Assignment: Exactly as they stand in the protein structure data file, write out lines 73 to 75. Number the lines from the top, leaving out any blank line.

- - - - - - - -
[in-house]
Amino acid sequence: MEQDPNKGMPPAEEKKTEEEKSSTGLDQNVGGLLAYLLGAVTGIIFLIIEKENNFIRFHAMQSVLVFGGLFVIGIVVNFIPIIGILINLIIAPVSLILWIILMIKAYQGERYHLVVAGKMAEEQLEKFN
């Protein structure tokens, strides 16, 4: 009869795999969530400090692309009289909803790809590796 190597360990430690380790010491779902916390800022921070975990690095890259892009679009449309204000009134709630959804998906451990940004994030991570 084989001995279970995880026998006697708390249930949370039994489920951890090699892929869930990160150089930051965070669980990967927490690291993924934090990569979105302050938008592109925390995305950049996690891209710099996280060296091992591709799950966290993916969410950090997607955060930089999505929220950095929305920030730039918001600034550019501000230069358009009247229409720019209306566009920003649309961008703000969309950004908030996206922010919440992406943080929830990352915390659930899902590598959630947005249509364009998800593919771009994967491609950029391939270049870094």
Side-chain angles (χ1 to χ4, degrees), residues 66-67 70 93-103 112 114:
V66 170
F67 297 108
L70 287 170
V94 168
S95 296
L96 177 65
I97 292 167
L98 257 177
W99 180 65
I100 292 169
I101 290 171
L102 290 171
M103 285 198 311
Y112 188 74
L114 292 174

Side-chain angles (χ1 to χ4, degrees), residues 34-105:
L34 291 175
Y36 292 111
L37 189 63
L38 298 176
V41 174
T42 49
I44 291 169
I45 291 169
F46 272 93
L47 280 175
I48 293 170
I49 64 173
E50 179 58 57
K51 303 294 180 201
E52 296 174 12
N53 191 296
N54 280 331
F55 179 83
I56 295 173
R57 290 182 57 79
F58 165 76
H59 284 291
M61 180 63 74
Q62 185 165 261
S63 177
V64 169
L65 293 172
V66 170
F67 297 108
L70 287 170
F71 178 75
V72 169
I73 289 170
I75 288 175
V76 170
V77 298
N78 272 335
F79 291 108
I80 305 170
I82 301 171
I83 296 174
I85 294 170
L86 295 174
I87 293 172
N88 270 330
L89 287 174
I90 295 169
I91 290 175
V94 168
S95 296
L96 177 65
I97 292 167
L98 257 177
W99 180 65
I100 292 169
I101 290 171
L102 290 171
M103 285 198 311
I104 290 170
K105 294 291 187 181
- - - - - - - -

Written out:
L98 257 177
W99 180 65
I100 292 169